Melvin stood in front of the door, trepidation leaking down his right pant leg.  The bold letters, stencilled on the frosted glass, stared back at him as if from the black abyss of uncaring that they represented.  COAL SQUAD.  Now was the payoff of a lifetime of investment, if only he could pull it off.  All those years of toil, patiently climbing the ranks, just to get to this door.  He'd mucked the reindeer stalls in the Livestock Division, beat every quota on the books in Production and been a high-flyer up in Distribution.  But here was where the dirty business of Christmas really happened: down in the trenches.  This was where the big boys played, where the action was.  And Melvin had always wanted to be where the action was.  He swallowed the butterfly that had fluttered up from his tummy into the back of his throat, and then pushed through the door.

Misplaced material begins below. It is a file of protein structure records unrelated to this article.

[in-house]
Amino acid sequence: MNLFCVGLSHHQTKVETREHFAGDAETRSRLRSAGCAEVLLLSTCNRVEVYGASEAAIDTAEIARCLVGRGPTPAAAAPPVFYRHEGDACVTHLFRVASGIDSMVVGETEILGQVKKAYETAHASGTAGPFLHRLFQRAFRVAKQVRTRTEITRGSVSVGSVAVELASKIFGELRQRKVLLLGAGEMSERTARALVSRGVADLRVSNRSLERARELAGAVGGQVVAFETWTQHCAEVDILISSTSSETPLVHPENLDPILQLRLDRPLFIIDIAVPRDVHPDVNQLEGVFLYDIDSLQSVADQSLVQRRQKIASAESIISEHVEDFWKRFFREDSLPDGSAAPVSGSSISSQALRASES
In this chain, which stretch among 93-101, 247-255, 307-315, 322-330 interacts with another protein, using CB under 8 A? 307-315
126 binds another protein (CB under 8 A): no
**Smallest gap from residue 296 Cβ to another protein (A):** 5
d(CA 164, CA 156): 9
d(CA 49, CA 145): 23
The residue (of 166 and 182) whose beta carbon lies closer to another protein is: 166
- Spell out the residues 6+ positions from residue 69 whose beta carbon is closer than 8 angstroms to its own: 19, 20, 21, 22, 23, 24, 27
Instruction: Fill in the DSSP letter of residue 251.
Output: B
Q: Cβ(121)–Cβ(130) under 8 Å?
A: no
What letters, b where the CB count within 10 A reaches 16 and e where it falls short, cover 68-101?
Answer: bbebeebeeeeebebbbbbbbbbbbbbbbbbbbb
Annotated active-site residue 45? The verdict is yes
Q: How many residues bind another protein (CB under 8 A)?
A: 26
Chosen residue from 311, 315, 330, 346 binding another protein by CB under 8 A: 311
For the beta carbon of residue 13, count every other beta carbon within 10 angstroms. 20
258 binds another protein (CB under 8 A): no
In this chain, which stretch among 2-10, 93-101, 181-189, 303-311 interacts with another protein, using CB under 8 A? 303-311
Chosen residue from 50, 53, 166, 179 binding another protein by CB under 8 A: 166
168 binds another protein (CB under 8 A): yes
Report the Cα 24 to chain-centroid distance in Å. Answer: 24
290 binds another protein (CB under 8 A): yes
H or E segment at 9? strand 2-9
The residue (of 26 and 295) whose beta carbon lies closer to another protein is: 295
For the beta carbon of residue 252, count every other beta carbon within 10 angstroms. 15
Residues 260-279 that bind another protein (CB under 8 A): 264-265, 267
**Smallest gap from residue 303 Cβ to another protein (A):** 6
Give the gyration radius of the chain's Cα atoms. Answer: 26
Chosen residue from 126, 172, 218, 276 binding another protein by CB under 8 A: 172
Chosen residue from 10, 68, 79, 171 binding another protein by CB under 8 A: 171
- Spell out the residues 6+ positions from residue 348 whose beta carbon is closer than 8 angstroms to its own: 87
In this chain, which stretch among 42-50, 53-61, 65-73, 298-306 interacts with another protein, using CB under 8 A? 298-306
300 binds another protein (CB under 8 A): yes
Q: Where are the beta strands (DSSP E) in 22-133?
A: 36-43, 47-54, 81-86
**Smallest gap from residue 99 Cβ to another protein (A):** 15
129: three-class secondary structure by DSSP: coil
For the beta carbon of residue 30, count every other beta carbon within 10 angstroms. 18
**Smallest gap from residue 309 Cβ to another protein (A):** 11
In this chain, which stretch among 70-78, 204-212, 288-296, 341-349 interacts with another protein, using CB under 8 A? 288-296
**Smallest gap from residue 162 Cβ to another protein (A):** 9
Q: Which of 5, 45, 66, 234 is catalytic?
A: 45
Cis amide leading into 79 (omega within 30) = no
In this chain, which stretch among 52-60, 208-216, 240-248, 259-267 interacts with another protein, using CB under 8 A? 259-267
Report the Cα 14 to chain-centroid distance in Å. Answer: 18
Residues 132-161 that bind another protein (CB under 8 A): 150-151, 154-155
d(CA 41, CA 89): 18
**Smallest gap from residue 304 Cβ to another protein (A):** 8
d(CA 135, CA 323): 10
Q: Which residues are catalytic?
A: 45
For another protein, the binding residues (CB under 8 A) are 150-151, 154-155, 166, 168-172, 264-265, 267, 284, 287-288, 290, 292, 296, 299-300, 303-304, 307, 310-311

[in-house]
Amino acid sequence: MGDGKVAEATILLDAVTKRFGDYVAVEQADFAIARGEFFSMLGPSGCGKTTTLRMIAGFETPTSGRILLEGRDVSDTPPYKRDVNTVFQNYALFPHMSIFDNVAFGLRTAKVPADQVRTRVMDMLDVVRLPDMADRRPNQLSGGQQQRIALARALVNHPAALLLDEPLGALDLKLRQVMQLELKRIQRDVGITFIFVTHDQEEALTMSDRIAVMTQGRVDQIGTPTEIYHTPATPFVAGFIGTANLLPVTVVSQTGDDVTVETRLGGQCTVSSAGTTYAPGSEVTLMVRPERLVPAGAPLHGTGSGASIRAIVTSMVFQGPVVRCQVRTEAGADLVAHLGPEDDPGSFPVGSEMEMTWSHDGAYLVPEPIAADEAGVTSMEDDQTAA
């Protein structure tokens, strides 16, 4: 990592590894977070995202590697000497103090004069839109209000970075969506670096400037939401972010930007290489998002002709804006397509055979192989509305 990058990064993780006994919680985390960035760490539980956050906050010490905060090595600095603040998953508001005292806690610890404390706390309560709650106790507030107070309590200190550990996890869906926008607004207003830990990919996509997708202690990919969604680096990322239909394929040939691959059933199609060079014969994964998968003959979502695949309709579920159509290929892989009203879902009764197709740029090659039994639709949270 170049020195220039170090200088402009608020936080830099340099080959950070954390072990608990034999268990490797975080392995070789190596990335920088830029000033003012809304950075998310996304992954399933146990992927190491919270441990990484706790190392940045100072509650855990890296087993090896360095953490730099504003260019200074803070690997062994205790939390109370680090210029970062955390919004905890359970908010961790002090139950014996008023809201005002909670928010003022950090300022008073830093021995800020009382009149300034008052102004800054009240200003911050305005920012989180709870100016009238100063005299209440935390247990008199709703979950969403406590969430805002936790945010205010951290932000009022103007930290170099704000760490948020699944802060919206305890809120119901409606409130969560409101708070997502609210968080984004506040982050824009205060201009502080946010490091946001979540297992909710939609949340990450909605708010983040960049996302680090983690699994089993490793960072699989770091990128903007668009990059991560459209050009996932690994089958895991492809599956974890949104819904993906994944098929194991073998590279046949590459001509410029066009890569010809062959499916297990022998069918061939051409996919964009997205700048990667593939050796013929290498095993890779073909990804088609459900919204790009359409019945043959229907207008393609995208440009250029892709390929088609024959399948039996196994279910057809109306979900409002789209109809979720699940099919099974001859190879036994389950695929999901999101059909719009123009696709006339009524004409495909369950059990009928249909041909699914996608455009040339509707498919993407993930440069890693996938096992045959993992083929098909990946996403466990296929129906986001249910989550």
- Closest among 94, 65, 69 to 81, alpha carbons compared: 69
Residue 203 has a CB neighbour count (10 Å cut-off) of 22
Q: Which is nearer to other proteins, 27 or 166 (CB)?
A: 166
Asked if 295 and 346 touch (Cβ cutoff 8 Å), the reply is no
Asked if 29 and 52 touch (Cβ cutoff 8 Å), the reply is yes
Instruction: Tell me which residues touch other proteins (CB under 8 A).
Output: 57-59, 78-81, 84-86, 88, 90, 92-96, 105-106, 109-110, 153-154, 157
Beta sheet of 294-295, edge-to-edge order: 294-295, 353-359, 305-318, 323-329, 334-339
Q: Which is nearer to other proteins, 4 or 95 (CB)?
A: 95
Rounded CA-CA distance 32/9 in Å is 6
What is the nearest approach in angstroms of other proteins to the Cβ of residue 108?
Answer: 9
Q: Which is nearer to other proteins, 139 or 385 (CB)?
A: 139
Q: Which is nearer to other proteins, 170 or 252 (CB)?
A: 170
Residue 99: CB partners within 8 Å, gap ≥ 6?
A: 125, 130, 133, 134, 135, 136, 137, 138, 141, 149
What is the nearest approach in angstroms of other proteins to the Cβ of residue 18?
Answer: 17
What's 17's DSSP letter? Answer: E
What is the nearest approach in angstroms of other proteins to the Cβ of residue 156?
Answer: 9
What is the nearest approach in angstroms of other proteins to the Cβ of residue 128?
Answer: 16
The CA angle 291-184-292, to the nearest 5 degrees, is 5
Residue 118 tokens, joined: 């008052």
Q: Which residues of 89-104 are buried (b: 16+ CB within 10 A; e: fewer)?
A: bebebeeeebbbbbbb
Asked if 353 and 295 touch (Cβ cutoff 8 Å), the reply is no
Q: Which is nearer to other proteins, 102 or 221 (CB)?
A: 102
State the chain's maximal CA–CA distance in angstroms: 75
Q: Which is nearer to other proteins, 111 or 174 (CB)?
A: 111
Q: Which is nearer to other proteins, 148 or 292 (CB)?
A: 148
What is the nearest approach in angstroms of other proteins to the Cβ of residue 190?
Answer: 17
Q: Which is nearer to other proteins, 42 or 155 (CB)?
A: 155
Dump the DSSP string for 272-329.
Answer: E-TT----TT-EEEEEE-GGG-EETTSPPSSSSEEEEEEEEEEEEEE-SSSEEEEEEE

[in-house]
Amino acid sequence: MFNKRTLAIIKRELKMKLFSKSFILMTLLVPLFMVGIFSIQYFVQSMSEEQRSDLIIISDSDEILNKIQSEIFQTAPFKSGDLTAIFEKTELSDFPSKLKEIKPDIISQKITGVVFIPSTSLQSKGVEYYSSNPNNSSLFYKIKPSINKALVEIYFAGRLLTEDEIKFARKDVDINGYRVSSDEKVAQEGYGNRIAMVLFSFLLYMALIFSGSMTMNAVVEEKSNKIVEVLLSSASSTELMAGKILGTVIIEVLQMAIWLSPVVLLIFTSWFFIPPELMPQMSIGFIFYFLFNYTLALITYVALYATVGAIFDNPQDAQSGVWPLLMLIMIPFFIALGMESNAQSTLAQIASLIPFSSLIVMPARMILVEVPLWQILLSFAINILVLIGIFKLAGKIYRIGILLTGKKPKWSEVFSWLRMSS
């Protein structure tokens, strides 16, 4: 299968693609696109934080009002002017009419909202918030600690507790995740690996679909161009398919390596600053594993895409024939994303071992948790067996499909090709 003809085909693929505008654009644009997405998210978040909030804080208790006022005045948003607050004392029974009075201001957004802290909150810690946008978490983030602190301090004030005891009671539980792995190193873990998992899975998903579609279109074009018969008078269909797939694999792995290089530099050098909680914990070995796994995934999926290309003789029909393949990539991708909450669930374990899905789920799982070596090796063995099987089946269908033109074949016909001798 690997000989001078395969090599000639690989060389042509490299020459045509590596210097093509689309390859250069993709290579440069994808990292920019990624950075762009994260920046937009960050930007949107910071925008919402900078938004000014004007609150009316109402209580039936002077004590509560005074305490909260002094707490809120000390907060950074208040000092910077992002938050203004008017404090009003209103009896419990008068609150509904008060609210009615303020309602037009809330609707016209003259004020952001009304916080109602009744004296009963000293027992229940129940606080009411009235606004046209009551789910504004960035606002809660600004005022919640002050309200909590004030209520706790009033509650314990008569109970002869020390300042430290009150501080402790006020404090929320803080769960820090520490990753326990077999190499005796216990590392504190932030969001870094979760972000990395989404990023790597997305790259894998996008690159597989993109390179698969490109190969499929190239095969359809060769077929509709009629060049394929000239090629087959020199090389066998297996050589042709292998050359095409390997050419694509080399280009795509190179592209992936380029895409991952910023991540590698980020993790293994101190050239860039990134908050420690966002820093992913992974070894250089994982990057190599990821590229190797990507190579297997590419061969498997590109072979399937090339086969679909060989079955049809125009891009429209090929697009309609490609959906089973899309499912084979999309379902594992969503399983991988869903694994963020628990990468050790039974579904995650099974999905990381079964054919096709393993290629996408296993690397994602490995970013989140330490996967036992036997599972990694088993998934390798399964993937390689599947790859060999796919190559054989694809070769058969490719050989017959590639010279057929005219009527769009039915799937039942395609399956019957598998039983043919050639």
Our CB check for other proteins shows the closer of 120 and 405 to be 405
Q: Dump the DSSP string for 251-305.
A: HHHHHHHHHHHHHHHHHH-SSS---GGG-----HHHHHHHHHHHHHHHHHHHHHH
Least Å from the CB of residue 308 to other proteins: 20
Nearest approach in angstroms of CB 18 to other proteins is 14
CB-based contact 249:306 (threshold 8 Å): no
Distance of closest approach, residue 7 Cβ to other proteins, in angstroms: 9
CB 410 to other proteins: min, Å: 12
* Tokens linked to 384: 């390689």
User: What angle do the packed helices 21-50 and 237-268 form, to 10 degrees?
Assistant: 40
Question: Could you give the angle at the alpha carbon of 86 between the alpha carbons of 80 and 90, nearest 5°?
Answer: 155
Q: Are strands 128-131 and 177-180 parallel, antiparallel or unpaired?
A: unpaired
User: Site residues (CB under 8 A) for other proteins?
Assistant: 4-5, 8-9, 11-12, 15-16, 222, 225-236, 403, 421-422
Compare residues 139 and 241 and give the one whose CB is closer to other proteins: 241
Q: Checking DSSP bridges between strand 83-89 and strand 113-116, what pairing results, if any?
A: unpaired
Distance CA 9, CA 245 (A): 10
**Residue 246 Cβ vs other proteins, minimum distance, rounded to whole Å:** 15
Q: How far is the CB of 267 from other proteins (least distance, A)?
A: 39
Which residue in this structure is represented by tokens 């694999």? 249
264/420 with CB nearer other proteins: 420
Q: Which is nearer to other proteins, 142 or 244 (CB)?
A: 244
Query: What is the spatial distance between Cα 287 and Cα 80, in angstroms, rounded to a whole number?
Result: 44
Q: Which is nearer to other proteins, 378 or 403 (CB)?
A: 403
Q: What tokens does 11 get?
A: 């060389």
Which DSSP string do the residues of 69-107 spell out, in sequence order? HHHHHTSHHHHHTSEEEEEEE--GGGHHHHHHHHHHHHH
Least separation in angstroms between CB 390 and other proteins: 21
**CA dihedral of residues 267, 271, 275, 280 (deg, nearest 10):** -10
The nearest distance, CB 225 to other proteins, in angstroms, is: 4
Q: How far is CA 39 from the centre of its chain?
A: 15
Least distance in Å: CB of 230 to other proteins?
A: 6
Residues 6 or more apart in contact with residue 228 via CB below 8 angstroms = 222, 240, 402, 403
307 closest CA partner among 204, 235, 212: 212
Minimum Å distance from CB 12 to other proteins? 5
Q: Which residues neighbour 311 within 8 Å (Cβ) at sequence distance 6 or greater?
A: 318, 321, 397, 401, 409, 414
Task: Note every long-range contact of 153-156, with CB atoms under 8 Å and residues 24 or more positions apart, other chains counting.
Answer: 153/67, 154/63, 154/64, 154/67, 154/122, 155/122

A fat elf sitting at a messy desk turned a disdainful eye toward him and grinned unpleasantly.  He was wearing a short-sleeved dress-shirt with a scuttle holster strapped to his suspenders, and he sported a rat-like moustache over his sneering lip.  On the desk was a pile of files, a half-eaten sandwich, an empty coffee cup and a name plate with PIDOWSKI emblazoned onto it.  The fat elf leaned back on the rolly chair that squeaked excruciatingly under the strain.  "Looky looky!" he barked more than called.  "Fresh grist for the mill.  Check this one out, Garcia!"
   Another agent came over to lean on the desk of the first, though how he found the empty space to do so was a marvel to Melvin.  This Garcia was slender with sharp sideburns and a piercing stare, which he turned on Melvin at full intensity.  "That's just a delivery boy," Garcia laughed.  "I bet he hasn't even done basic."